Gail Wight, Rodentia Chamber Music
Born in 1960, Sunny Valley, Connecticut
Lives in Berkeley, California
Rodentia Chamber Music, 2004
Musical interactive installation performed by mice
Mice, wood, Plexiglas, brass, instrument parts, flat screen monitor, DVD player
Courtesy of the artist. Commissioned by Cornerhouse, Manchester; funded by NESTA, Wellcome Trust, and the Arts Council of England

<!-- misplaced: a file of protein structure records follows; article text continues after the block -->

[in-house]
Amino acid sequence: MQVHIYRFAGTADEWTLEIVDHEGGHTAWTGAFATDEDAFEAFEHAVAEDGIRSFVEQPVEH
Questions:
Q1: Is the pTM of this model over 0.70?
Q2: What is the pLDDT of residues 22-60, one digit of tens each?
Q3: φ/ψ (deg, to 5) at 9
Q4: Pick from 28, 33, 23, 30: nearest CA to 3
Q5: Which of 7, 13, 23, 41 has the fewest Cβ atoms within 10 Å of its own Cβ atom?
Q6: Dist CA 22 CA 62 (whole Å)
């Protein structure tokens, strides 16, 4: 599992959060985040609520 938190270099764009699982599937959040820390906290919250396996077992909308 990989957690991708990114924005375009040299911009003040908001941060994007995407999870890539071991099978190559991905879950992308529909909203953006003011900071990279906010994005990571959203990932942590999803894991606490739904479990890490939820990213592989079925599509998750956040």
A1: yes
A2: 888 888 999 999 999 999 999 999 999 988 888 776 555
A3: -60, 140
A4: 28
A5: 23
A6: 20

In this inter-species collaboration, Wight places mice in her specially constructed instruments to play music. As they scurry around or run on their wheels, the mice set off sensors in the instruments, triggering pre-recorded sound segments. One way to think of Rodentia Chamber Music is as a device to generate random or chance results. Conceptually it relates to John Cage’s ideas of introducing chance into the vocabulary of twentieth-century music composition and art making. This kind of intersection between chance and intent is one of the key “edge conditions” of the contemporary human-machine relationship. If mice can compose by chance, what can AARON and DiNA—also in this gallery—do by design?